By the end of Toledo’s dusting of Bowling Green on Saturday, there was joy on one side, heartache on the other, but also a feeling of emptiness.
We’re not talking about the cleared-out Glass Bowl.
We’re talking about this great rivalry.
Where has it gone?
Toledo started its backup quarterback, committed a season-high 10 penalties, and was outgained. And still the hosts cruised to a 52-36 homecoming victory that pushed its winning streak over BG to nine games — one away from the Battle of I-75 officially becoming the Ten-Year Bore.
No, we don’t expect the Rockets to see it this way.
Nor should they.
Toledo, deservedly, will celebrate now and worry — or panic — later.
Originally, I was going to write that either Bowling Green made greater strides in one week than any team in the 149-year history of college football or the home team is not as good as we thought.
I was going to hammer Toledo.
Then the Rockets turned a 24-21 halftime lead into a runaway, and I realized I’m an idiot. That’s not a fair take from a rivalry game, where the usual laws of fall Saturdays do not apply.
Sure, for good reason, nobody gave Bowling Green (1-5) a chance. Not this disbeliever. Not the oddsmakers. Not Freddie and Frieda (unconfirmed).
The last nine years, Toledo has held the lead for 392:53; Bowling Green for 18:14. That’s not a rivalry. That’s a tractor vs. a Prius.
And yet it was a rivalry, against a famished neighborhood challenger, 23-point underdog or not. To hear the fight-song-singing Toledo players rattle the walls of their locker room afterward is to appreciate what this meant.
“There's no way I could look someone in the face and say we were the class to break that streak,” receiver Cody Thompson said. “It’s an amazing feeling.”
“Kids are still kids,” Candle said. “We are in a society that wants to make college football professional athletics, and it’s not. These guys are students. That's what makes football really cool and what makes events like this a big deal. ... Probably what you heard coming out of that locker room is a lot of relief ... a lot of guys that love playing football for each other.”
In the end, it does not matter what everyone expects you to do. You still have to do it. Credit backup passer Eli Peters for ably stepping in for the injured Mitch Guadagni, the running game for finally getting going — including three touchdowns from Springfield grad Bryant Koback — and the defense for its late stands.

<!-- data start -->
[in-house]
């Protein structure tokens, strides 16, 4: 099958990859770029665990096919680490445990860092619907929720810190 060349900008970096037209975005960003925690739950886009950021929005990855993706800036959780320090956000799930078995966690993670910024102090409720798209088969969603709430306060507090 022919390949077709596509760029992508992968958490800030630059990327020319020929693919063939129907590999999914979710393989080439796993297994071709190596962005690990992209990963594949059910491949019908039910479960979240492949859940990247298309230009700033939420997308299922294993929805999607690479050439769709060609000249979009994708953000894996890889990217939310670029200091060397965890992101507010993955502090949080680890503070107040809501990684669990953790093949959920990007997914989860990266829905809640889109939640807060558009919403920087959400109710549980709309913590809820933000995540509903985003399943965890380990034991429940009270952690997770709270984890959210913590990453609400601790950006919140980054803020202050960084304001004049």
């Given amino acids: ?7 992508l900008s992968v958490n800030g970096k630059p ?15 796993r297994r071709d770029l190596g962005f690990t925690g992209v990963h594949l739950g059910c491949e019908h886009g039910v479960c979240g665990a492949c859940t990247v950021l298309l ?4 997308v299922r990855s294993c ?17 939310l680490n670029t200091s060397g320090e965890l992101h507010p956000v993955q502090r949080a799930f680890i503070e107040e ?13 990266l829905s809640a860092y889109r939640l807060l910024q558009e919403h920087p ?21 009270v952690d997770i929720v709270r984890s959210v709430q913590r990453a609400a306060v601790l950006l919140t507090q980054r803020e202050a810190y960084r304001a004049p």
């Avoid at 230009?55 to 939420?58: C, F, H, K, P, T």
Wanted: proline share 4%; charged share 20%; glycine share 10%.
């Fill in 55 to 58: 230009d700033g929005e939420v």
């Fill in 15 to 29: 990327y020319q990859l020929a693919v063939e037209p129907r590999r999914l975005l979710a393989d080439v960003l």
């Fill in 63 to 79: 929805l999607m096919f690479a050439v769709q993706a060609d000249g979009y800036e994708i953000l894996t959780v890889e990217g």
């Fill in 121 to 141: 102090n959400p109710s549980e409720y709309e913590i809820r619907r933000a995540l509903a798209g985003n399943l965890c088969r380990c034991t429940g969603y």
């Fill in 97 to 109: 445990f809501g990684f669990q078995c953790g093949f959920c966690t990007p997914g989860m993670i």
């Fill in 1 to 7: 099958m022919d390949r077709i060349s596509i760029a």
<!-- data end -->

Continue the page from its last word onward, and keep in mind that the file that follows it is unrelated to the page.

“It’s really hard to win college football games,” Candle said, making no apologies where none were needed.
OK, now a hard stop.
We can simultaneously note the impressiveness of The Streak and that Toledo raised more red flags than the officials who thought they were the show threw yellow ones — 24 in all on the two teams.
Toledo opened a quick 17-0 lead thanks to a pair of short fields caused by a blocked punt and a fumble. But on a day that began with a rainbow looping over the stadium, it proved fool’s gold.
Bowling Green otherwise worked over the Rockets much of the first three quarters, above all exposing their five-alarm early-season — every-season? — concern: the defense.
Fresh off allowing 1,609 yards in its last three games against stiffer competition, Toledo made no distinction against the Falcons, allowing another 481 for good measure.
Most concerning: the two big-play runs in which Andrew Clair went untouched for 15 and 60 yards into the end zone, to say nothing of the sophomore running back’s 61-yard touchdown catch out of the backfield.
If the Rockets allow 192 rushing yards to the nation’s 127th rushing offense, how will they fare against literally anyone else in the Mid-American Conference?
Bottom line is they did not look anything close to a championship team, but they did look like a winning one.
Celebrate today, Toledo. Worry tomorrow.
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